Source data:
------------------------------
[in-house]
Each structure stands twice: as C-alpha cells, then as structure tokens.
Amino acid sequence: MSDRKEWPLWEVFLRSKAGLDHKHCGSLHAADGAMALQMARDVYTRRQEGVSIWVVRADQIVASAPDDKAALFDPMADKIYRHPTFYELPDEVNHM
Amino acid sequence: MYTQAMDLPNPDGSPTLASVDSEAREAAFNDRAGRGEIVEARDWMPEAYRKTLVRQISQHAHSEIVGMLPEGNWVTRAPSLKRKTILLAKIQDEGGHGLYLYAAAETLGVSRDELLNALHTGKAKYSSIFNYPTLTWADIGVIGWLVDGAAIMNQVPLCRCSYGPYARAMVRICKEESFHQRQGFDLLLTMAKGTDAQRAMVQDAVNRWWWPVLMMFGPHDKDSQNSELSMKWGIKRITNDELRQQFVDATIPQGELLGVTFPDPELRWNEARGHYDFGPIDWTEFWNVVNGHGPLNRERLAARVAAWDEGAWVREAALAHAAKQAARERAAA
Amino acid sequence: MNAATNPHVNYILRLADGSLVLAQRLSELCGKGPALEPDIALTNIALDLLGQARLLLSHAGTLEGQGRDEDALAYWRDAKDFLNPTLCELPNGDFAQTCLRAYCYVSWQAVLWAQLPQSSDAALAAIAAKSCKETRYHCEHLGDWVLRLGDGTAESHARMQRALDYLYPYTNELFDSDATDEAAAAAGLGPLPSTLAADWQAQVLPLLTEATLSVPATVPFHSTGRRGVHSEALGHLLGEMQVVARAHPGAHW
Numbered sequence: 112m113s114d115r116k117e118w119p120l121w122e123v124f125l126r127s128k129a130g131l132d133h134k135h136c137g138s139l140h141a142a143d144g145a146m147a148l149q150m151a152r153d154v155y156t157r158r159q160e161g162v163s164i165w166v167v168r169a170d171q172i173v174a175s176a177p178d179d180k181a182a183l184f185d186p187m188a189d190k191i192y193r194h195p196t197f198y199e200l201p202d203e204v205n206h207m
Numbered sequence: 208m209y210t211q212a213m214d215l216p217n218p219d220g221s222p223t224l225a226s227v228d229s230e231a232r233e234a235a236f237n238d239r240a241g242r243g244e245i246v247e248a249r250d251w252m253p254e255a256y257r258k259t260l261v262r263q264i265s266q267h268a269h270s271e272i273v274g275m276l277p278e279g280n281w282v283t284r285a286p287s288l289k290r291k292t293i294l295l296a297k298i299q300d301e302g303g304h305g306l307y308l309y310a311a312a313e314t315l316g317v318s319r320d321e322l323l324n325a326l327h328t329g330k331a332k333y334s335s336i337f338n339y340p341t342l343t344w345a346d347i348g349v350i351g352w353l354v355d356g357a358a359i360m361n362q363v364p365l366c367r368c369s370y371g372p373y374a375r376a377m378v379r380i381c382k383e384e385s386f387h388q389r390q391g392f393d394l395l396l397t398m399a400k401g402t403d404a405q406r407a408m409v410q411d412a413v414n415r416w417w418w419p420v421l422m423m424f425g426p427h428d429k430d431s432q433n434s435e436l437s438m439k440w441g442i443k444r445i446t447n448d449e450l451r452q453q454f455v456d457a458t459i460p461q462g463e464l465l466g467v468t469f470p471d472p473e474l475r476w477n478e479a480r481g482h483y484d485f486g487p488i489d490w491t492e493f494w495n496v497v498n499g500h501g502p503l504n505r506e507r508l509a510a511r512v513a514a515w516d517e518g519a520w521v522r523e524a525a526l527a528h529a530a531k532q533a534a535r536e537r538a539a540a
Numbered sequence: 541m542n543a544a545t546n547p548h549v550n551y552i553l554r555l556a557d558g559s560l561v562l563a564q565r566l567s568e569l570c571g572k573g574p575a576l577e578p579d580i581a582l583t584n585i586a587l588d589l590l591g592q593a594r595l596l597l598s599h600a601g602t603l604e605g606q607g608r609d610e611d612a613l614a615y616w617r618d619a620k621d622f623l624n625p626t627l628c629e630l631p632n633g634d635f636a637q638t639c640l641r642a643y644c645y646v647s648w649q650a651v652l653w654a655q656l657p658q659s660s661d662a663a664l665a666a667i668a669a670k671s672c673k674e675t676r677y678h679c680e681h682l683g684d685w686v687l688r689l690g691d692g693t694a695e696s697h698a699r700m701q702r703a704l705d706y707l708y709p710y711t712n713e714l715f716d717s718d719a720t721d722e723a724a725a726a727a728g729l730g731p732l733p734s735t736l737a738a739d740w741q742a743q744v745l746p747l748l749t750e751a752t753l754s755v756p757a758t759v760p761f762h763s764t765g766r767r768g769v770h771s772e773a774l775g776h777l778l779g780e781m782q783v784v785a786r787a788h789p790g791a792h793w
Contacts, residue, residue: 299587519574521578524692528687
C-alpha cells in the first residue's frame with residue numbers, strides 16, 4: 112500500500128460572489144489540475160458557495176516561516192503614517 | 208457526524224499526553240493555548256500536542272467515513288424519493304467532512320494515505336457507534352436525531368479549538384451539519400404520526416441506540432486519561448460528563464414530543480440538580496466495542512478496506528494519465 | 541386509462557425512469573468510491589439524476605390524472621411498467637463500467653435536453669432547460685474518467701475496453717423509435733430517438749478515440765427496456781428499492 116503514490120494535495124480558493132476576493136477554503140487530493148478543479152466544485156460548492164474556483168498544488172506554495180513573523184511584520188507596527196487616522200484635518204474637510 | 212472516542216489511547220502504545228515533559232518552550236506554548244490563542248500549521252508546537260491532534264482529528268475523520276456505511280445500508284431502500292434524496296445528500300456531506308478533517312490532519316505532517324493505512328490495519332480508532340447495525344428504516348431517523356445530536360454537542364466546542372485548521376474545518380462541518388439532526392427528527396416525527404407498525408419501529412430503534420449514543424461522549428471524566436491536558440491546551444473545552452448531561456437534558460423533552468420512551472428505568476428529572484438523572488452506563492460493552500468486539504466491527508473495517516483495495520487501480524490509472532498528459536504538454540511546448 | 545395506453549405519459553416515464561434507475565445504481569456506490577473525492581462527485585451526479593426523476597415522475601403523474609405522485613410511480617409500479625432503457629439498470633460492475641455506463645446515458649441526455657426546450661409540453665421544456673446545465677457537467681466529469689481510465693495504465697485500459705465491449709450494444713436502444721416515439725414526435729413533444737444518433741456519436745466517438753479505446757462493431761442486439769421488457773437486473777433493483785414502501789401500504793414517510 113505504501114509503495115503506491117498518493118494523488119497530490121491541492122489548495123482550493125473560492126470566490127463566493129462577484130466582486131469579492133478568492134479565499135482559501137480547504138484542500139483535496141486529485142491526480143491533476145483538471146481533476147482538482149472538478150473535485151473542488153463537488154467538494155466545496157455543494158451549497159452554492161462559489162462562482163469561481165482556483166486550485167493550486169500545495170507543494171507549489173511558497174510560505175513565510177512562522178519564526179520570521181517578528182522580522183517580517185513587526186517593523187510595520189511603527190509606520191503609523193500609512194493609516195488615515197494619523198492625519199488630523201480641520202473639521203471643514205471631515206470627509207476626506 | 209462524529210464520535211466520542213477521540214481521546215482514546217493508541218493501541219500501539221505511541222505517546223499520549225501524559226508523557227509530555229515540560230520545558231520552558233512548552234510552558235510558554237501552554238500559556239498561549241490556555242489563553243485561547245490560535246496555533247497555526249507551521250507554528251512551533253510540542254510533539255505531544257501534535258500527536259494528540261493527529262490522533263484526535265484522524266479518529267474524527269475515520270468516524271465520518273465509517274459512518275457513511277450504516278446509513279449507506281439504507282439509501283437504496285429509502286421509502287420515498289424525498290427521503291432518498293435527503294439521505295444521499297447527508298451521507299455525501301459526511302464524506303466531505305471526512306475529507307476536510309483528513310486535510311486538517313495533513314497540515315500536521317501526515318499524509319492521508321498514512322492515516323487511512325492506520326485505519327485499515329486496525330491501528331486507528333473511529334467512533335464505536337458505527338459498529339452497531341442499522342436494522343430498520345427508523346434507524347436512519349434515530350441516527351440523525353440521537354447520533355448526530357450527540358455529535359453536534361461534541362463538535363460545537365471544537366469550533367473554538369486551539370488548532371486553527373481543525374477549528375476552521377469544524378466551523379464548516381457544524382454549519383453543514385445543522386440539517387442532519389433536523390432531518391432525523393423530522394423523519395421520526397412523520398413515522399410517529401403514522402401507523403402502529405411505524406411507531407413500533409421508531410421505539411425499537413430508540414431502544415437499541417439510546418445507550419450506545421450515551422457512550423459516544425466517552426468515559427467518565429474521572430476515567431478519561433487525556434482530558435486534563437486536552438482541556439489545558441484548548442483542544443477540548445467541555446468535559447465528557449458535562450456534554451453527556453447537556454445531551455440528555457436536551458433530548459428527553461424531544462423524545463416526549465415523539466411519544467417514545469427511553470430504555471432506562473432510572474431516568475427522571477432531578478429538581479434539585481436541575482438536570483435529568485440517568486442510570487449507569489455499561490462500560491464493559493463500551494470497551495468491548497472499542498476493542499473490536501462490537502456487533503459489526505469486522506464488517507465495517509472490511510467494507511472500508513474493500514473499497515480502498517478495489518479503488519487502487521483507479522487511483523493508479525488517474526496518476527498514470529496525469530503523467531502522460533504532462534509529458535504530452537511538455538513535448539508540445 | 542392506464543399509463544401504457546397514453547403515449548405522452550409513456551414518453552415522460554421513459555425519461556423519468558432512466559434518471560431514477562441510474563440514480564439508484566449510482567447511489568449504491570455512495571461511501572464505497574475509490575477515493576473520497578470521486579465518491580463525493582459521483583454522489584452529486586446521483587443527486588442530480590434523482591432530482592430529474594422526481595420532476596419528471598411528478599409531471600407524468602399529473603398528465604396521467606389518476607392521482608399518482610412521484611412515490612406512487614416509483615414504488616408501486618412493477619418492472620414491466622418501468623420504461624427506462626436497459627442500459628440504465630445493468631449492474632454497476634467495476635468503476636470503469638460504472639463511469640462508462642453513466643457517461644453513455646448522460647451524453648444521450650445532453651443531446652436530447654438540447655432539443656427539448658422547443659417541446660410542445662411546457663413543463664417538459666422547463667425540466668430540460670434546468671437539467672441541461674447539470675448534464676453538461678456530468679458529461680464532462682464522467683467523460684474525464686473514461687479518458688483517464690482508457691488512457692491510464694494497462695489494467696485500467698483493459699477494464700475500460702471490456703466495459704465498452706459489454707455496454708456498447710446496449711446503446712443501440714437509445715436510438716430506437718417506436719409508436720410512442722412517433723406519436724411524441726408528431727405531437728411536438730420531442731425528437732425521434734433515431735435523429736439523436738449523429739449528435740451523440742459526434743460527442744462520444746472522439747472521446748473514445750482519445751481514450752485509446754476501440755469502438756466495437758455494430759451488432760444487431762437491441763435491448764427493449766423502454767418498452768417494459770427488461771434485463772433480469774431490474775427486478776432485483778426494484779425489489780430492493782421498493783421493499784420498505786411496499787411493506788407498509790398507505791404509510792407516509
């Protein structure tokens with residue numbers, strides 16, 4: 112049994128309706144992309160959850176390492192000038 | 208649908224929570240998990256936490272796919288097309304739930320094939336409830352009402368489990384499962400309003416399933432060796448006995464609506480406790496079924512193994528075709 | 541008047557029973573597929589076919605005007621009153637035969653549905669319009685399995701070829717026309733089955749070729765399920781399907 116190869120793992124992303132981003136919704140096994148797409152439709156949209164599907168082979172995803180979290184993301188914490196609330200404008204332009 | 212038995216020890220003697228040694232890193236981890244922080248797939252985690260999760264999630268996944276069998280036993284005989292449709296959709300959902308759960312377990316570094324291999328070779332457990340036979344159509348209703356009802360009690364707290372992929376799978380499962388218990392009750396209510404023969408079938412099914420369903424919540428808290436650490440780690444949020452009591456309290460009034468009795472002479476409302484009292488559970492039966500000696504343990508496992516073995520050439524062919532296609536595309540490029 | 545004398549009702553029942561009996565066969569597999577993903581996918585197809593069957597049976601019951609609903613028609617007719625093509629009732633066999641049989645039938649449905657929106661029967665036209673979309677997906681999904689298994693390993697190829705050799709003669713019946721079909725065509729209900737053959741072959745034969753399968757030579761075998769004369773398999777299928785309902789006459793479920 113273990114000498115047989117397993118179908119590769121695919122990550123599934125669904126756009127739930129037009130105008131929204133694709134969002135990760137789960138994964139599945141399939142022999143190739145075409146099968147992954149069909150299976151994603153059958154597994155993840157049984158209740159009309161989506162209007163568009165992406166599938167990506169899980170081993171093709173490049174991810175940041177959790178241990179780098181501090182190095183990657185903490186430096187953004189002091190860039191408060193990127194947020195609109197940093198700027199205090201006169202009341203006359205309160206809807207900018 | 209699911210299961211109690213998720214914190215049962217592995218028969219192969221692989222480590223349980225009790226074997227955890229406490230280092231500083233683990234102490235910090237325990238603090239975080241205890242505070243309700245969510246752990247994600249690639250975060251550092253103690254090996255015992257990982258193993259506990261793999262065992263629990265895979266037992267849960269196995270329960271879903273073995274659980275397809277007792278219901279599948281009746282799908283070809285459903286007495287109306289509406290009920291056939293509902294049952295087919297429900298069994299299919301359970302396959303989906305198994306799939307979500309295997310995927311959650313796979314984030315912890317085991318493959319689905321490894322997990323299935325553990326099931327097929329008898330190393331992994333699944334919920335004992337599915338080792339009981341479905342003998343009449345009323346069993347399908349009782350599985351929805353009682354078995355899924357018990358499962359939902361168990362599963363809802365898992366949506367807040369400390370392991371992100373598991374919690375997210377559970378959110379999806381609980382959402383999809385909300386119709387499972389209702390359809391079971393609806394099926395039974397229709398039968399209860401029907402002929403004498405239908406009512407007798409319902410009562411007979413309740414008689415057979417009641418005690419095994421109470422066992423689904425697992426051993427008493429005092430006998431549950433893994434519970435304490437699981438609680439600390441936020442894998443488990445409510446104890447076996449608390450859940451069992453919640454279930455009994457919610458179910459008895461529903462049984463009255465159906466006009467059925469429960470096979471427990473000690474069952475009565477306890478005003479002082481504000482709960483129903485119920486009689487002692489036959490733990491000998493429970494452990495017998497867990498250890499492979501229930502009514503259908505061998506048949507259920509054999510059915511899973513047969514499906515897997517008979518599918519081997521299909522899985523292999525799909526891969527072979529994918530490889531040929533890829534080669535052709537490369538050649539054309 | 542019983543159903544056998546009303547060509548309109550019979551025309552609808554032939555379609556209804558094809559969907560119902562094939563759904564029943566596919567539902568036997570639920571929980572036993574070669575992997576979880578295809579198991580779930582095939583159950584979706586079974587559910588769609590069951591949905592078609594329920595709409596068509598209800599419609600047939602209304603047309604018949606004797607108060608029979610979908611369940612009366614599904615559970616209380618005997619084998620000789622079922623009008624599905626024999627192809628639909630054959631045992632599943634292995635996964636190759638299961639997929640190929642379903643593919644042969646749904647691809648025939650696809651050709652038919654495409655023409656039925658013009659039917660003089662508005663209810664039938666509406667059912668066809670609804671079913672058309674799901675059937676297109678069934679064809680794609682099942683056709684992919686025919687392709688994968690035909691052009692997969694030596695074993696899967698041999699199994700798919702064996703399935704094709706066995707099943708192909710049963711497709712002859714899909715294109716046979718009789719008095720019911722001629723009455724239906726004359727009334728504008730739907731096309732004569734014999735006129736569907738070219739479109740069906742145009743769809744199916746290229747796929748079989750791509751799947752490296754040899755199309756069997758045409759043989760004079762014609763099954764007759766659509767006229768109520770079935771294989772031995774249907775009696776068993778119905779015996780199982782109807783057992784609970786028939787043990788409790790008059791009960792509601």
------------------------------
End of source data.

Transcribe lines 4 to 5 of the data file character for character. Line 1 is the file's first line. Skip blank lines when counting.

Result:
Amino acid sequence: MYTQAMDLPNPDGSPTLASVDSEAREAAFNDRAGRGEIVEARDWMPEAYRKTLVRQISQHAHSEIVGMLPEGNWVTRAPSLKRKTILLAKIQDEGGHGLYLYAAAETLGVSRDELLNALHTGKAKYSSIFNYPTLTWADIGVIGWLVDGAAIMNQVPLCRCSYGPYARAMVRICKEESFHQRQGFDLLLTMAKGTDAQRAMVQDAVNRWWWPVLMMFGPHDKDSQNSELSMKWGIKRITNDELRQQFVDATIPQGELLGVTFPDPELRWNEARGHYDFGPIDWTEFWNVVNGHGPLNRERLAARVAAWDEGAWVREAALAHAAKQAARERAAA
Amino acid sequence: MNAATNPHVNYILRLADGSLVLAQRLSELCGKGPALEPDIALTNIALDLLGQARLLLSHAGTLEGQGRDEDALAYWRDAKDFLNPTLCELPNGDFAQTCLRAYCYVSWQAVLWAQLPQSSDAALAAIAAKSCKETRYHCEHLGDWVLRLGDGTAESHARMQRALDYLYPYTNELFDSDATDEAAAAAGLGPLPSTLAADWQAQVLPLLTEATLSVPATVPFHSTGRRGVHSEALGHLLGEMQVVARAHPGAHW